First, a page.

possibilities paralysis

Adversity caused by limited options isn’t necessarily a bad thing. While having (too) many options may seem desirable. It’s not always the case.

Surely, by now, many are familiar with the paradox of choice or “choice overload” principle. Presenting consumers with many options doesn’t necessarily boost sales, quite the contrary. As studied by Sheena Iyengar from Columbia – and Mark Lepper from Stanford University.

An overfunded company has the luxury to try a couple of things simultaneously. Launch a bunch of new features, enter a new market segment, and so on. This can lead to possibilities paralysis.

A company that is underfunded, on the other hand, doesn’t have that same luxury. Arguably, in the absence of that luxury, focus increases. It’s like a hit or miss situation. Probably the reason why Amazon’s motto is: it’s always day one. This isn’t a plea for deliberately underfunding your company. Being chronically underfunded is expert-level adversity and can take the “living soul” out of a company.

Maybe entrepreneurs are sadomasochistic in a weird way. Sometimes, actively looking for adversity can be a good thing. Starting a company isn’t: maybe I’ll do some of this, and then some of that, and maybe some of this as well.

Starting a company is do or die.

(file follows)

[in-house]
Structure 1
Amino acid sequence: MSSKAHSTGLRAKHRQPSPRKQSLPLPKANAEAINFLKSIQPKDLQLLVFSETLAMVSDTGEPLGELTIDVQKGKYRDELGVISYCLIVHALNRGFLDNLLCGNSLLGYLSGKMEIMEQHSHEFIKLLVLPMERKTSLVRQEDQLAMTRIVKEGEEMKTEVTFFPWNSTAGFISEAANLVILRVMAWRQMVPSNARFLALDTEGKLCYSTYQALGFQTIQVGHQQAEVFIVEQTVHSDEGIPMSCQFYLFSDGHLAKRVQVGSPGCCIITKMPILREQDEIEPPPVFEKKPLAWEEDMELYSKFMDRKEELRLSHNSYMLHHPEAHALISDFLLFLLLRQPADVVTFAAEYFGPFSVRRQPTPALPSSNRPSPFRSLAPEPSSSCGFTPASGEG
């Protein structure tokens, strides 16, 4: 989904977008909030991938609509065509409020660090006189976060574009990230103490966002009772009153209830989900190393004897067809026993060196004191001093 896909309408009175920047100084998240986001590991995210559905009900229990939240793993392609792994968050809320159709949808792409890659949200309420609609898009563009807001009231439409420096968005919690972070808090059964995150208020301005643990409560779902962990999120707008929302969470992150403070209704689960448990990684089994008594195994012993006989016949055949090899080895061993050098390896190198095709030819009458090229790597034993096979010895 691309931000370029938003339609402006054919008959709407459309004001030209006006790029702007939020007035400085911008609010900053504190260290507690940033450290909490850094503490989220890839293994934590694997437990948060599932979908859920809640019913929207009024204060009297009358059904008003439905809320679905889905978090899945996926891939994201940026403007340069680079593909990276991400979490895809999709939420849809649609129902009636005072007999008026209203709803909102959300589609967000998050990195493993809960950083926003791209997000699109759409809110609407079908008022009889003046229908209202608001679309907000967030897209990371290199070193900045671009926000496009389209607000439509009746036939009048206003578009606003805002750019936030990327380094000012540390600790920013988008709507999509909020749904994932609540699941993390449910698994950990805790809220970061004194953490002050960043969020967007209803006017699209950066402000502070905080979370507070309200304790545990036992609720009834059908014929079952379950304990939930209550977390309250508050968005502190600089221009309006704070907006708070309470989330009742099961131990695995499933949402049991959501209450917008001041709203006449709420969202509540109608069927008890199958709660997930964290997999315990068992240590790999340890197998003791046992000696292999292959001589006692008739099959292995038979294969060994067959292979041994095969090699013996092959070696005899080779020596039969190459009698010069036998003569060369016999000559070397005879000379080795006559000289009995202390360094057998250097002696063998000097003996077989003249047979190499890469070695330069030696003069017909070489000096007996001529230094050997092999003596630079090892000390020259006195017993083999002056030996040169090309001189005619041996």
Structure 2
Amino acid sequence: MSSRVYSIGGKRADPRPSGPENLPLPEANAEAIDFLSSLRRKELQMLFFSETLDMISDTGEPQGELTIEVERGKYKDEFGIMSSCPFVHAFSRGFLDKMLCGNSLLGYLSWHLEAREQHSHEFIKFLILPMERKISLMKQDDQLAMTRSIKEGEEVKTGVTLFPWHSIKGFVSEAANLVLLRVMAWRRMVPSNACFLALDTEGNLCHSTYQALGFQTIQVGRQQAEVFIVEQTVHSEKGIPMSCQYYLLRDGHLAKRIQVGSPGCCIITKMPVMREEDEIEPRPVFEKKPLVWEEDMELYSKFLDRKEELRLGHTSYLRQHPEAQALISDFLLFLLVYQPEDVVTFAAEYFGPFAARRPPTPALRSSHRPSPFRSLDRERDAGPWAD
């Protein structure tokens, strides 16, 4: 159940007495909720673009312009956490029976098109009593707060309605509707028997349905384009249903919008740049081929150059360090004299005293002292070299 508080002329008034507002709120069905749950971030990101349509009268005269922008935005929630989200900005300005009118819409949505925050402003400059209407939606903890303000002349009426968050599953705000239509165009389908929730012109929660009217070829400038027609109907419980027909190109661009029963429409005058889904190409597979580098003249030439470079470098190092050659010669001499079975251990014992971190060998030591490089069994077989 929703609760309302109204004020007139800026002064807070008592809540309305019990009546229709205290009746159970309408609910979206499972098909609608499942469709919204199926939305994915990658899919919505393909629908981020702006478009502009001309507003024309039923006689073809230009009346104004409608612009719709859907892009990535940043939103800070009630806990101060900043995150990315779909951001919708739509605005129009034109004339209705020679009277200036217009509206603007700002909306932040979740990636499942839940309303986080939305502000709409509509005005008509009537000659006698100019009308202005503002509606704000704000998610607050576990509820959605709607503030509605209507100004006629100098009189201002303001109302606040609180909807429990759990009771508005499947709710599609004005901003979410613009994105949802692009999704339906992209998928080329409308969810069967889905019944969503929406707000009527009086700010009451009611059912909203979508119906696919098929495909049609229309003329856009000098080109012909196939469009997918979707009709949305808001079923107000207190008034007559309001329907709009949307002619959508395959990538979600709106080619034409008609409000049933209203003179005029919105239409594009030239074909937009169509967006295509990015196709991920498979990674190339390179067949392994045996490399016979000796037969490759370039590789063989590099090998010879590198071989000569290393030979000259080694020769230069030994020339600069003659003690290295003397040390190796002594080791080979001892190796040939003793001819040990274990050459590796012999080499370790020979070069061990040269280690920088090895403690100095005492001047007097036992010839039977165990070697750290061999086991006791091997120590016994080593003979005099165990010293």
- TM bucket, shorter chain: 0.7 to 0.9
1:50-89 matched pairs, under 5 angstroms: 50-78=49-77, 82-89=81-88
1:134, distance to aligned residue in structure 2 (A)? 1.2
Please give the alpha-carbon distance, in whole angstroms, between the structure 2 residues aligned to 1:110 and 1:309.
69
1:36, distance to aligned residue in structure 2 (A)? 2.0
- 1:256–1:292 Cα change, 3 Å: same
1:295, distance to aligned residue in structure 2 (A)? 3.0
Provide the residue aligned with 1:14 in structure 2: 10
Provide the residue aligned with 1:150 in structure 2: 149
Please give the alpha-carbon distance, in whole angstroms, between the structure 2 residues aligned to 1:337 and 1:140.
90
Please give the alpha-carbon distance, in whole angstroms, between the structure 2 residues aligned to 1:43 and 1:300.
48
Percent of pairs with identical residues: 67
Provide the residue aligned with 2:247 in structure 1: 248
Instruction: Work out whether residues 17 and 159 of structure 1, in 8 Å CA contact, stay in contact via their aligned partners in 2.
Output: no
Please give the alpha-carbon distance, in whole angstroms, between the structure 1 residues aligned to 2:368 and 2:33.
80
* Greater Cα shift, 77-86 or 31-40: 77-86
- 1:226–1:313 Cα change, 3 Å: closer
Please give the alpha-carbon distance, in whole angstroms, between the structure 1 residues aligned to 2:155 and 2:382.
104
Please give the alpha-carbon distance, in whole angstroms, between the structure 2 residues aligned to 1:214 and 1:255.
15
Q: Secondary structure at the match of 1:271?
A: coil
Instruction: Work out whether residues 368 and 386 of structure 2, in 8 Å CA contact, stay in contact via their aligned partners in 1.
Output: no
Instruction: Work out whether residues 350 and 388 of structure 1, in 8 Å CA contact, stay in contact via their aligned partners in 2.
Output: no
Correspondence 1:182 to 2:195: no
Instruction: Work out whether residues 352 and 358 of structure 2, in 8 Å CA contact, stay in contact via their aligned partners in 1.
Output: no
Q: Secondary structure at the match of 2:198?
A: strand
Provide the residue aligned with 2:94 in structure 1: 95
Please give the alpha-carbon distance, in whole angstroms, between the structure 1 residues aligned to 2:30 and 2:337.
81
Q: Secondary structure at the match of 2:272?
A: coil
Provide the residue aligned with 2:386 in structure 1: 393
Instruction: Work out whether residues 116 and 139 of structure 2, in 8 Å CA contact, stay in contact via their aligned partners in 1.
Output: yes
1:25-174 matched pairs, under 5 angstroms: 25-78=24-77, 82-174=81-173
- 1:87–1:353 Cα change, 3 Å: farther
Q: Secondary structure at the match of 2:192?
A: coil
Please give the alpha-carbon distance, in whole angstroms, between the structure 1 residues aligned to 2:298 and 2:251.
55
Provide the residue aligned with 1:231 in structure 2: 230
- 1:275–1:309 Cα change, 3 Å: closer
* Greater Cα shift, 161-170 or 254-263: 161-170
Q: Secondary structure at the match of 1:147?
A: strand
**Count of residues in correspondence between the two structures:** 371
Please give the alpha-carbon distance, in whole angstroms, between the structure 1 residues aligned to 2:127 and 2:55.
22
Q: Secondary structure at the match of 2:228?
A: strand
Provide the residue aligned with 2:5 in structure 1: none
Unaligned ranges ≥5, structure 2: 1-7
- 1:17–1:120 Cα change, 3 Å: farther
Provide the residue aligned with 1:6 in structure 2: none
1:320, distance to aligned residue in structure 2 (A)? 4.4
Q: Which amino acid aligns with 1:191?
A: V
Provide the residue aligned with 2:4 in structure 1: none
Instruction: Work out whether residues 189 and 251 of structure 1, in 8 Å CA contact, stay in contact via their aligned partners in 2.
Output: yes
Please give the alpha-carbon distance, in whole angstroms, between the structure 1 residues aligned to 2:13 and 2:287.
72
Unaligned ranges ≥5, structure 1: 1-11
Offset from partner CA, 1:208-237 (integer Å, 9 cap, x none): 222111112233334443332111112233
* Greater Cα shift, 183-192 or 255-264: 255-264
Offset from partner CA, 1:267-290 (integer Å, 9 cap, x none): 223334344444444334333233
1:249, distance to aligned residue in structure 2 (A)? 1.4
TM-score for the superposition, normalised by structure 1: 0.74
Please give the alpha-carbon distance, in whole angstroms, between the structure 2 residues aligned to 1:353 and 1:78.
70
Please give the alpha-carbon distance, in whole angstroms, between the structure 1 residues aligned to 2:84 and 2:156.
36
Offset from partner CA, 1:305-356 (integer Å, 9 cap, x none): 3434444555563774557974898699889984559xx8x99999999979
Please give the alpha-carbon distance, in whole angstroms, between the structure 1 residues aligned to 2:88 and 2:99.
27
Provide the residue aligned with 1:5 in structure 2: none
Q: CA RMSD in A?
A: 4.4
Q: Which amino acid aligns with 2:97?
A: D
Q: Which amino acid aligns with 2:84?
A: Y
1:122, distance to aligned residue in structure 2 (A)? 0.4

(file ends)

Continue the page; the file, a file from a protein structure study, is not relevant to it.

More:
own medicine

You’ve built and launched a (very early) mvp (minimum viable product), but nobody seems as excited about it as you do. Should you stop there? Does that mean there is no interest in the market for the idea your conjuring up? Maybe, maybe not. You won’t know for sure until you can find like-minded people to either prove your point or disprove it. In any case, ship as early as possible to maximize learning opportunities.

We shouldn’t discount our passion. There is a chance that, at first, nobody else seems as enthusiastic about your product — even though it’s still in its prototype phase — other than you.

That passion, feeling that your prototype could change the world, or at least create added value, once finished, not just for you but for a large audience, that’s pure rocket fuel. Leverage the feeling. That energy will get you in front of the right people and help you onboard other potential customers.

If you seem to be alone in loving your mvp at first, do not get discouraged. Sometimes, these things take time. Others will follow. Use that positive energy to find like-minded individuals.